b.13 February 1914 d.24 August 1974
OBE(1944) MRCS LRCP(1936) MB BS(1936) MRCP(1938) MD(1938) FRCP(1955)
R.N. Tattersall was bom in Neath, South Wales. His father, Norman Tattersall, was a consultant chest physician at that time practising in South Wales who later moved to Leeds, where his son spent most of his working career. His mother was Ada Mamie, daughter of Henry Ambrose Nias, a brick manufacturer.
He was educated at Epsom College and London University, obtaining his clinical training at the General Infirmary at Leeds. He was a house physician in the General Infirmary at Leeds in 1936-7, a house surgeon in St. James’s Hospital, Leeds, in 1937, and a house physician in the Brompton Hospital, London, in 1937-8. He then entered general practice in Scarborough and was elected hon. assistant physician to the Scarborough Hospital. He served in the RAMC from 1939-1945, and had a distinguished career - mainly in India. He retired as Lieut. Colonel in charge of a medical division.
After the war he decided to become a consultant physician, and joined the University Department of Medicine at Leeds under Sir Ronald Tunbridge. He was lecturer in Medicine from 1946-50 and was then appointed assistant physician to the General Infirmary at Leeds in 1950. He was also consulting physician to the Otley Hospital until 1973, and senior clinical lecturer in Medicine to the University of Leeds.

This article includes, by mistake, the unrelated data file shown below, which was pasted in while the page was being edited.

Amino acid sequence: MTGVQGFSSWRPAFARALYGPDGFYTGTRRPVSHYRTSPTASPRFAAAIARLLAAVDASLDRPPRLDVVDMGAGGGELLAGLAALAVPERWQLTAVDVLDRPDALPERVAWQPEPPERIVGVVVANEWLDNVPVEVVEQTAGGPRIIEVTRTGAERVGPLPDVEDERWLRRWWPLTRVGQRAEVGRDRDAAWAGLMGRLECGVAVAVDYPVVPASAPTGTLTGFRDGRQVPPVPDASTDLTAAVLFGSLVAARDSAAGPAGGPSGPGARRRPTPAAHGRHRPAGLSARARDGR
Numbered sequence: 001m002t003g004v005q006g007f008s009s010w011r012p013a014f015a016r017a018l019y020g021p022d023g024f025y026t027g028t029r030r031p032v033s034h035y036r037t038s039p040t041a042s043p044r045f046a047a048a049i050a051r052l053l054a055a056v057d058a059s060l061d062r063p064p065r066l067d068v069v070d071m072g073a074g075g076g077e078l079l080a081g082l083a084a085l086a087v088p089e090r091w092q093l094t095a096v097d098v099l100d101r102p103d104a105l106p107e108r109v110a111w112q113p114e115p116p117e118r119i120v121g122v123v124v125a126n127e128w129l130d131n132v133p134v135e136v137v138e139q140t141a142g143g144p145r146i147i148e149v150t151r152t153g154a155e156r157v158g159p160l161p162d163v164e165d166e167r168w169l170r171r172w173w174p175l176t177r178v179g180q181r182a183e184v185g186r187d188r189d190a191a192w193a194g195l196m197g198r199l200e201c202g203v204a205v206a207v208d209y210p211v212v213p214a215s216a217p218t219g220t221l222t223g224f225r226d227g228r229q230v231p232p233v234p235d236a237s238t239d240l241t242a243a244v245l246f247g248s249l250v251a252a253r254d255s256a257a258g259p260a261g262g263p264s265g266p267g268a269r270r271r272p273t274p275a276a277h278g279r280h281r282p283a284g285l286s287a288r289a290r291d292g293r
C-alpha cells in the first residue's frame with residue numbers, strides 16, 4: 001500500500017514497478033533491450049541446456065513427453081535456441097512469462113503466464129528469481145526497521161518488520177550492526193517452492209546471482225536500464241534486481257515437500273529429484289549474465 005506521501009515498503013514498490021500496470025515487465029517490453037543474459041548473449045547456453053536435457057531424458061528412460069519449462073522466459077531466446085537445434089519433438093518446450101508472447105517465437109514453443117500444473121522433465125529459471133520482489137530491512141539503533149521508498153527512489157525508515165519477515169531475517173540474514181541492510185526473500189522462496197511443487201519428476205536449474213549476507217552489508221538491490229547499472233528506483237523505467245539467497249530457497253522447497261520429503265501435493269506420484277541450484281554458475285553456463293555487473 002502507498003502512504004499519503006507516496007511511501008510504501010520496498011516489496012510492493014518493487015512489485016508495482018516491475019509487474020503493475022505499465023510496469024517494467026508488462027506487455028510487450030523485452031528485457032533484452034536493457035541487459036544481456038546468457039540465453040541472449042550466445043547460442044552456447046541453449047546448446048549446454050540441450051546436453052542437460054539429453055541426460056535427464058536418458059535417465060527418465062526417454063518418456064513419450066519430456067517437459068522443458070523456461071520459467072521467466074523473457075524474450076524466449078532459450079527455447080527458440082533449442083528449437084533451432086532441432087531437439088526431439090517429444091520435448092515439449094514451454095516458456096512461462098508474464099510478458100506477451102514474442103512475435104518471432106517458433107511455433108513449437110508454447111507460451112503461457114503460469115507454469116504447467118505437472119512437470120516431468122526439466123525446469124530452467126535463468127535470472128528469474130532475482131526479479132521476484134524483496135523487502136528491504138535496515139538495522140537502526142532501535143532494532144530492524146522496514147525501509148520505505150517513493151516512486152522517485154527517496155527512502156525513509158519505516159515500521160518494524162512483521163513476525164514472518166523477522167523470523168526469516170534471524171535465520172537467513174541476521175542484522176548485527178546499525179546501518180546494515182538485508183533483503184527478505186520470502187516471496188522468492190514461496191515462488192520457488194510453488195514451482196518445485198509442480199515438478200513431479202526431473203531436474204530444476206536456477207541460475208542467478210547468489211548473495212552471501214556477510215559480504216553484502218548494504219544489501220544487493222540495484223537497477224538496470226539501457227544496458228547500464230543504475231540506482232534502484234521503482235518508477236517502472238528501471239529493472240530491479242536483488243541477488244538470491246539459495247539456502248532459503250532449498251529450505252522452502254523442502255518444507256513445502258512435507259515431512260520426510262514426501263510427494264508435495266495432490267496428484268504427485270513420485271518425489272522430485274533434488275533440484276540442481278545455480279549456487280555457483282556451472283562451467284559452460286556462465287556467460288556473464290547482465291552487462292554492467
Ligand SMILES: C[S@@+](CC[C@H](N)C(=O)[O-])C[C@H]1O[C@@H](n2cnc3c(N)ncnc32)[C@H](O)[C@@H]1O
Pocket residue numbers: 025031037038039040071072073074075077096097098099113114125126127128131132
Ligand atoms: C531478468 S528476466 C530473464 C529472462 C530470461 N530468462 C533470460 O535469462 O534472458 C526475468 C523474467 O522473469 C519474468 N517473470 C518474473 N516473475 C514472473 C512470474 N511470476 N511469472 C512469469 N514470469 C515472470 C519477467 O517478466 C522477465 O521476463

He was essentially a clinician rather than a research worker, but he made a valuable contribution to knowledge in his paper on ‘Senile Purpura’ (Quart. J. Med., 1950) which is still one of the important references in that field. He was also joint author with Cyril John Polson of Clinical Toxicology (1960), which has become a standard work.
He was a diagnostician of considerable skill who used modem methods of investigation economically and effectively. His primary interest was the well-being of the patient both in hospital and later. He was well chosen to initiate the geriatric services at St James’s Hospital, Leeds, which were later extensively developed. His teachings were popular and well attended because he was kind and considerate to both the students and the subject, as well as possessing a dry and engaging humour.
A reserved, rather shy man of the utmost integrity and dependability, he was a devout Christian and regular church-goer who was deeply respected in religious circles. His great love was fly-fishing, at which he excelled, and his happiest hours were spent on the Dovey near his cottage. He introduced many of his friends and colleagues to this fascinating yet infuriating pastime. His later years were rather restricted by ill health, but after his retirement from private consulting practice he devoted much time and energy to medical administration, at which he soon became expert. He made a considerable contribution to the complex and laborious reorganisation of the Leeds General Infirmary and its district at the time of the great administrative upheaval of 1974.
In 1938 he married Joan Mary, daughter of Henry Coward, schoolmaster. They had one son, who became a doctor, and one daughter.
[Quart. J. Med., 1956, NS 74, 151-159]
(Volume VI, page 430)
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